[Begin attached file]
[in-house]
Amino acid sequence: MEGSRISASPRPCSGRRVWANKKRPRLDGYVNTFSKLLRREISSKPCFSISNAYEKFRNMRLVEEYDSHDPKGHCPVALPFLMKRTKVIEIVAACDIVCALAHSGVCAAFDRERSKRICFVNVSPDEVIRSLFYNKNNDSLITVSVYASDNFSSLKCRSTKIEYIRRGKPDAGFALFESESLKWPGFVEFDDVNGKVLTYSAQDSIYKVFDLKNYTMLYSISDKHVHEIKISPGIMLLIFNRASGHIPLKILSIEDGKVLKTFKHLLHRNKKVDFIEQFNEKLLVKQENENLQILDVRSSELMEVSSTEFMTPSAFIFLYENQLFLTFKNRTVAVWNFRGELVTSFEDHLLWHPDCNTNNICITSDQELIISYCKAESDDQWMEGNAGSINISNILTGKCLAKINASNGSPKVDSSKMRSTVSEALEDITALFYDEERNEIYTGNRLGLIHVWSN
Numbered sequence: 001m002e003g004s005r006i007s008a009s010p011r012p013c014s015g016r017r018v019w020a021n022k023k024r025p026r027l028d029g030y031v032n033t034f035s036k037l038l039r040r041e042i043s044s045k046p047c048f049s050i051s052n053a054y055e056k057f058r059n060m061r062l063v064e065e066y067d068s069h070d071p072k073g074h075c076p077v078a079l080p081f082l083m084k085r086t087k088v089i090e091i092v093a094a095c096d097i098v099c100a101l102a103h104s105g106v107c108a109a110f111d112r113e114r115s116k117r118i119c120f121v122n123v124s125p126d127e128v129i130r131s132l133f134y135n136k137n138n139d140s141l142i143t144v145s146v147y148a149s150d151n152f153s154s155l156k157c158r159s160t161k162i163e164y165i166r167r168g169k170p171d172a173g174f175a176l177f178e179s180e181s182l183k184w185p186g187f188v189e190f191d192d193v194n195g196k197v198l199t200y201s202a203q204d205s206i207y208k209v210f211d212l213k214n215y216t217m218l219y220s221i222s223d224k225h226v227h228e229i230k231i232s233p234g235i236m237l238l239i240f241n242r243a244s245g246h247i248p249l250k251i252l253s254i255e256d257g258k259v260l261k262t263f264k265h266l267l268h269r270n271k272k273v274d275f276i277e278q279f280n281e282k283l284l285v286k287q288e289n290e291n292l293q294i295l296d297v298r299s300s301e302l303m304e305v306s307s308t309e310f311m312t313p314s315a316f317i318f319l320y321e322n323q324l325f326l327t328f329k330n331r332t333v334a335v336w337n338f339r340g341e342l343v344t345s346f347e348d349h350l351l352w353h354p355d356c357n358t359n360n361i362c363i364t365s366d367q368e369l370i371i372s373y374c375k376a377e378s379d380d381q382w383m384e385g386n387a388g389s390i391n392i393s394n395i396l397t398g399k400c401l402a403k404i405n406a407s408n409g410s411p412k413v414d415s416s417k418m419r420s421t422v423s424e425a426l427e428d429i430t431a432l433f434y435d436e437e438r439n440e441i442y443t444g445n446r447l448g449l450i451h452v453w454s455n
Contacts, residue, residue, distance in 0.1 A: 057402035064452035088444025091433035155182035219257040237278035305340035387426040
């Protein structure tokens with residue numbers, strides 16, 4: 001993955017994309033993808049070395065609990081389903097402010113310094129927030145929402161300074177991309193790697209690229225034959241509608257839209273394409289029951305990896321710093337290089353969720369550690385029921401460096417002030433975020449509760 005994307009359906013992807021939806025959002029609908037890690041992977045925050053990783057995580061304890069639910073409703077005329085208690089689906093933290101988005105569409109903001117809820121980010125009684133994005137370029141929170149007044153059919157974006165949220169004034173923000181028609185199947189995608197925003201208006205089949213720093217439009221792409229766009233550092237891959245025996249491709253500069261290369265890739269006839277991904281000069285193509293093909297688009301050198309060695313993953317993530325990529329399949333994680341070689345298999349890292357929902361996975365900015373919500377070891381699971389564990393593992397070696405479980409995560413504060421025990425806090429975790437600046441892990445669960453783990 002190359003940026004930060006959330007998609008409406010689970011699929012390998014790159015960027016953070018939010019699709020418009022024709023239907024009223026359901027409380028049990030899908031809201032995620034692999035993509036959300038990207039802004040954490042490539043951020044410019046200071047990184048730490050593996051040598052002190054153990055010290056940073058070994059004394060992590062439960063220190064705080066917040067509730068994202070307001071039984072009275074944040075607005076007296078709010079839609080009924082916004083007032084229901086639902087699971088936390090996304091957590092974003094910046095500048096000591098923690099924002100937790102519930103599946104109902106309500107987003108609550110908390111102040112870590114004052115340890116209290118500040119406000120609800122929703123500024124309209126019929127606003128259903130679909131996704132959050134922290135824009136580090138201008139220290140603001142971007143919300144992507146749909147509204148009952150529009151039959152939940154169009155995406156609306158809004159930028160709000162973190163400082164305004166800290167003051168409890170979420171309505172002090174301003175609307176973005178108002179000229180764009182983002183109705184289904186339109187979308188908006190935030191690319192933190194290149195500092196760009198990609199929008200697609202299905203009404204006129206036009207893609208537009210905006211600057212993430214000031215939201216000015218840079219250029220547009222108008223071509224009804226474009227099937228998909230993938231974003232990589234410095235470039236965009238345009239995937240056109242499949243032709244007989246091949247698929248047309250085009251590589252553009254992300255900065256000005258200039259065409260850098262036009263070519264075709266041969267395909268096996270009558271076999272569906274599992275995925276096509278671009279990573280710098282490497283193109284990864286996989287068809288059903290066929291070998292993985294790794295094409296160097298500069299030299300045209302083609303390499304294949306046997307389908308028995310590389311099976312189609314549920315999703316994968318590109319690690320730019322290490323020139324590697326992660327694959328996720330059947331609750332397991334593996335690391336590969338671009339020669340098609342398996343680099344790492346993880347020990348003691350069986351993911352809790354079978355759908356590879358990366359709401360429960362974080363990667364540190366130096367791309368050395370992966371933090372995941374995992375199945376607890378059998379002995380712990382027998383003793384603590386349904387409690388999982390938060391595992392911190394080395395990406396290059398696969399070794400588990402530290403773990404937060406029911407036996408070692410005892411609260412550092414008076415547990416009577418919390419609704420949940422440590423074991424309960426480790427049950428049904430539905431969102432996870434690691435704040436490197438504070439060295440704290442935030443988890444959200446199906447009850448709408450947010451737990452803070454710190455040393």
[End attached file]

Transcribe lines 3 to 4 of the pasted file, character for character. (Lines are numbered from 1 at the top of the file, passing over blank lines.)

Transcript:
Numbered sequence: 001m002e003g004s005r006i007s008a009s010p011r012p013c014s015g016r017r018v019w020a021n022k023k024r025p026r027l028d029g030y031v032n033t034f035s036k037l038l039r040r041e042i043s044s045k046p047c048f049s050i051s052n053a054y055e056k057f058r059n060m061r062l063v064e065e066y067d068s069h070d071p072k073g074h075c076p077v078a079l080p081f082l083m084k085r086t087k088v089i090e091i092v093a094a095c096d097i098v099c100a101l102a103h104s105g106v107c108a109a110f111d112r113e114r115s116k117r118i119c120f121v122n123v124s125p126d127e128v129i130r131s132l133f134y135n136k137n138n139d140s141l142i143t144v145s146v147y148a149s150d151n152f153s154s155l156k157c158r159s160t161k162i163e164y165i166r167r168g169k170p171d172a173g174f175a176l177f178e179s180e181s182l183k184w185p186g187f188v189e190f191d192d193v194n195g196k197v198l199t200y201s202a203q204d205s206i207y208k209v210f211d212l213k214n215y216t217m218l219y220s221i222s223d224k225h226v227h228e229i230k231i232s233p234g235i236m237l238l239i240f241n242r243a244s245g246h247i248p249l250k251i252l253s254i255e256d257g258k259v260l261k262t263f264k265h266l267l268h269r270n271k272k273v274d275f276i277e278q279f280n281e282k283l284l285v286k287q288e289n290e291n292l293q294i295l296d297v298r299s300s301e302l303m304e305v306s307s308t309e310f311m312t313p314s315a316f317i318f319l320y321e322n323q324l325f326l327t328f329k330n331r332t333v334a335v336w337n338f339r340g341e342l343v344t345s346f347e348d349h350l351l352w353h354p355d356c357n358t359n360n361i362c363i364t365s366d367q368e369l370i371i372s373y374c375k376a377e378s379d380d381q382w383m384e385g386n387a388g389s390i391n392i393s394n395i396l397t398g399k400c401l402a403k404i405n406a407s408n409g410s411p412k413v414d415s416s417k418m419r420s421t422v423s424e425a426l427e428d429i430t431a432l433f434y435d436e437e438r439n440e441i442y443t444g445n446r447l448g449l450i451h452v453w454s455n
Contacts, residue, residue, distance in 0.1 A: 057402035064452035088444025091433035155182035219257040237278035305340035387426040